I think I’ve finally reached a set-up that I’m happy with for the vanitas image I was hoping to create. Originally I wanted to try a very modern interpretation of the vanitas style, minimalistic and a little more space but I don’t think it worked as well. It lacked depth and looked a bit flat. I decided to introduce some stepped layers into the set up and I’m much happier with the result.


FLUSSER Philosophy of photography (Wiki)

Writing about photography in the 1970s and 80s, in the face of the early worldwide impact of computer technologies, Flusser argued that the photograph was the first in a number of technical image forms to have fundamentally changed the way in which the world is seen. Historically, the importance of photography had been that it introduced nothing less than a new epoch: ‘The invention of photography constitutes a break in history that can only be understood in comparison to that other historical break constituted by the invention of linear writing.’[3]

Whereas ideas might previously have been interpreted in terms of their written form, photography heralded new forms of perceptual experience and knowledge. As Flusser Archive Supervisor Claudia Becker describes, “For Flusser, photography is not only a reproductive imaging technology, it is a dominant cultural technique through which reality is constituted and understood”.[4] In this context, Flusser argued that photographs have to be understood in strict separation from ‘pre-technical image forms’.[5] For example, he contrasted them to paintings which he described as images that can be sensibly ‘decoded’, because the viewer is able to interpret what he or she sees as more or less direct signs of what the painter intended. By contrast, even though photography produces images that seem to be ‘faithful reproductions’ of objects and events they cannot be so directly ‘decoded’. The crux of this difference stems, for Flusser, from the fact that photographs are produced through the operations of an apparatus. And the photographic apparatus operates in ways that are not immediately known or shaped by its operator. For example, he described the act of photographing as follows:

The photographer’s gesture as the search for a viewpoint onto a scene takes place within the possibilities offered by the apparatus. The photographer moves within specific categories of space and time regarding the scene: proximity and distance, bird- and worm’s-eye views, frontal- and side-views, short or long exposures, etc. The Gestalt of space–time surrounding the scene is prefigured for the photographer by the categories of his camera. These categories are an a priori for him. He must ‘decide’ within them: he must press the trigger.[6]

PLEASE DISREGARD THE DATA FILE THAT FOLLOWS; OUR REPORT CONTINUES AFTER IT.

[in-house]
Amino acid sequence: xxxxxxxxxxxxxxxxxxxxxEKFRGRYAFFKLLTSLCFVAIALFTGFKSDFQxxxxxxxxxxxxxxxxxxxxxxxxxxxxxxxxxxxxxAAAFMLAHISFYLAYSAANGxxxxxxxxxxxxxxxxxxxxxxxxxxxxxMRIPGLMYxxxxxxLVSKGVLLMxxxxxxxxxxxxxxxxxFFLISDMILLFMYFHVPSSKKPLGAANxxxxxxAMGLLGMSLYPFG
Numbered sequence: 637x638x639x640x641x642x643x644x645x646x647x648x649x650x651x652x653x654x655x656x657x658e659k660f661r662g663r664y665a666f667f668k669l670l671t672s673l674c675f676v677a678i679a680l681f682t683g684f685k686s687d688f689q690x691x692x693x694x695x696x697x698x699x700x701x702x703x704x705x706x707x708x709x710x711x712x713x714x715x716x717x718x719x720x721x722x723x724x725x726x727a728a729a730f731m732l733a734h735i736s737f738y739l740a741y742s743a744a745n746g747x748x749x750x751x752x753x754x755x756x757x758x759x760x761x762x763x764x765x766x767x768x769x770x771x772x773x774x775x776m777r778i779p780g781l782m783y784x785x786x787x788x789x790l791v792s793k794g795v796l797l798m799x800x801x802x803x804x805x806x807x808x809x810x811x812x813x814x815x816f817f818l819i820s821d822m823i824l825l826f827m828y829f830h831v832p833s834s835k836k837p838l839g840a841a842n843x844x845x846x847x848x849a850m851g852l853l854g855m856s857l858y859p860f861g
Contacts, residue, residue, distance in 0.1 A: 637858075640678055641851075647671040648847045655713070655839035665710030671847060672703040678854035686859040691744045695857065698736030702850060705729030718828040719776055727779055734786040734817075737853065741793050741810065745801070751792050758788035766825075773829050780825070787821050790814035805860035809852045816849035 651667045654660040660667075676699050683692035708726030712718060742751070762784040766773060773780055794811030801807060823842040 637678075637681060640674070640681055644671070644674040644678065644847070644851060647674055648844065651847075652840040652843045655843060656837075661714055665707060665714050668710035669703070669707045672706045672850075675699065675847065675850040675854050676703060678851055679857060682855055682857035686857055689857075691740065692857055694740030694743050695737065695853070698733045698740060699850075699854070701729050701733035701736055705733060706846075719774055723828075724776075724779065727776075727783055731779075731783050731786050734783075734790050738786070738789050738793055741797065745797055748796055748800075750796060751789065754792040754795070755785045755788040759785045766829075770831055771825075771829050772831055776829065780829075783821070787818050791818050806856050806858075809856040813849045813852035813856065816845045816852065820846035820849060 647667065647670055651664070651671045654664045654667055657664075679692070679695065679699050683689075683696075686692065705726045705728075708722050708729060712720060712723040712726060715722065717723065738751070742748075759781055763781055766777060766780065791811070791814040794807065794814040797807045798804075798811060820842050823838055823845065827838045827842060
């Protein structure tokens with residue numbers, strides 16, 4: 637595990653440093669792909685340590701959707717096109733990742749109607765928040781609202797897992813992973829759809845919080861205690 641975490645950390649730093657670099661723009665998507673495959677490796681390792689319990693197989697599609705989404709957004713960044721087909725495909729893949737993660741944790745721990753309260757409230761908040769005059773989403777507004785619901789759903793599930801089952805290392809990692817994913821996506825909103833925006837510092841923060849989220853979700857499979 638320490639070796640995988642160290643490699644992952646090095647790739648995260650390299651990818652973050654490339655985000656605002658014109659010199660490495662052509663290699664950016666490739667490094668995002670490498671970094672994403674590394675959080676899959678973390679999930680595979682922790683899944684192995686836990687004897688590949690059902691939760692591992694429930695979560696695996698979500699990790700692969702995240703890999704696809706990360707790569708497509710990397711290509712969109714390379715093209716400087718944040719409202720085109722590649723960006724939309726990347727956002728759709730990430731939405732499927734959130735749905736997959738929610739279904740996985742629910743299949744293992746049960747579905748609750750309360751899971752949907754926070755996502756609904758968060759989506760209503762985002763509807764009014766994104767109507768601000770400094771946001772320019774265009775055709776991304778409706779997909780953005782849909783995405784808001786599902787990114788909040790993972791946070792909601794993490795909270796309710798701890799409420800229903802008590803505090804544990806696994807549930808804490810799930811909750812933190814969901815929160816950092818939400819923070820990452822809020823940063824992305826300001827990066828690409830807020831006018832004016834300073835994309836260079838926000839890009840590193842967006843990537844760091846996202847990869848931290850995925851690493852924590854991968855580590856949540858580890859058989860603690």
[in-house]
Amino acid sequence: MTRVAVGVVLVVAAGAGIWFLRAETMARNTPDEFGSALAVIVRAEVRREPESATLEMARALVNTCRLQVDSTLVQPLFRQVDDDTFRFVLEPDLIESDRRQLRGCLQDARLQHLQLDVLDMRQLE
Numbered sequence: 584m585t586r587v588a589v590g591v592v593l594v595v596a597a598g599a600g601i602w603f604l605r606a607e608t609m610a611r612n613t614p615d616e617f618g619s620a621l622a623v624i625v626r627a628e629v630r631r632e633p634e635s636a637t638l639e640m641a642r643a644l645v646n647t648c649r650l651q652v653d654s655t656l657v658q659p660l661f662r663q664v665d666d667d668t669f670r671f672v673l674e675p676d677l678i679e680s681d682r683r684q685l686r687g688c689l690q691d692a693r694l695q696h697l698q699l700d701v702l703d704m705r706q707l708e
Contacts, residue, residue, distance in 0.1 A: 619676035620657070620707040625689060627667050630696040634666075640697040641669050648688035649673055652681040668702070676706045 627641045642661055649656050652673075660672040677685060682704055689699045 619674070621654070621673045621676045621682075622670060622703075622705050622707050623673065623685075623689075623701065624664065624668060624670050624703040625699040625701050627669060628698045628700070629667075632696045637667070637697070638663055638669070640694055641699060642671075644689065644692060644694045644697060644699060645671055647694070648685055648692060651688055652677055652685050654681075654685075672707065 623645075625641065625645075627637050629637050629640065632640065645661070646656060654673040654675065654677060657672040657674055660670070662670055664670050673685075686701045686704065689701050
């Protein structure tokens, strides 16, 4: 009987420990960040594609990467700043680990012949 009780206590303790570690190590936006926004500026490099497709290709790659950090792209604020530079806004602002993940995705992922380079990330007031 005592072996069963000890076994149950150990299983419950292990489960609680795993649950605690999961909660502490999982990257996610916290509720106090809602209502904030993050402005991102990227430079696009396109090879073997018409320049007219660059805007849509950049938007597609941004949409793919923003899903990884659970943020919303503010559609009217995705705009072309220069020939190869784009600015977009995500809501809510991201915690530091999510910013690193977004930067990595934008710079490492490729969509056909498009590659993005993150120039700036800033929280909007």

Roughly put, the person using a camera might think that they are operating its controls to produce a picture that shows the world the way they want it to be seen, but it is the pre-programmed character of the camera that sets the parameters of this act and it is the apparatus that shapes the meaning of the resulting image. Given the central role of photography to almost all aspects of contemporary life, the programmed character of the photographic apparatus shapes the experience of looking at and interpreting photographs as well as most of the cultural contexts in which we do so.

Flusser developed a lexicon of terms that have proven influential and that continue to be useful for thinking about contemporary photography, digital imaging technologies and their online uses. These include: the ‘apparatus’ (a tool that changes the meaning of the world in contrast to what he calls mechanical tools that work to change the world itself); the ‘functionary’ (the photographer or operator of the camera who is bound by the rules it sets); the ‘programme’ (a ‘system in which chance becomes necessity’ and a game ‘in which every virtuality, even the least probable, will be realized of necessity if the game is played for a sufficiently long time’);[7] the ‘technical image’ (the first example of which is the photograph, with its particular kind of significant surface that looks like a traditional image but harbours encoded and obscure concepts that cannot be ‘immediately’ deciphered[8]). While Flusser did write a number of short essays on the work of specific photographers,[9] his major focus was the critical and philosophical need to understand late 20th-century media culture and the emergent possibilities and threats presented by the larger forces at work in an increasingly technical and automated world.[10] Flusser’s Vampyroteuthis Infernalis has also been interpreted as a fable about photography.[11]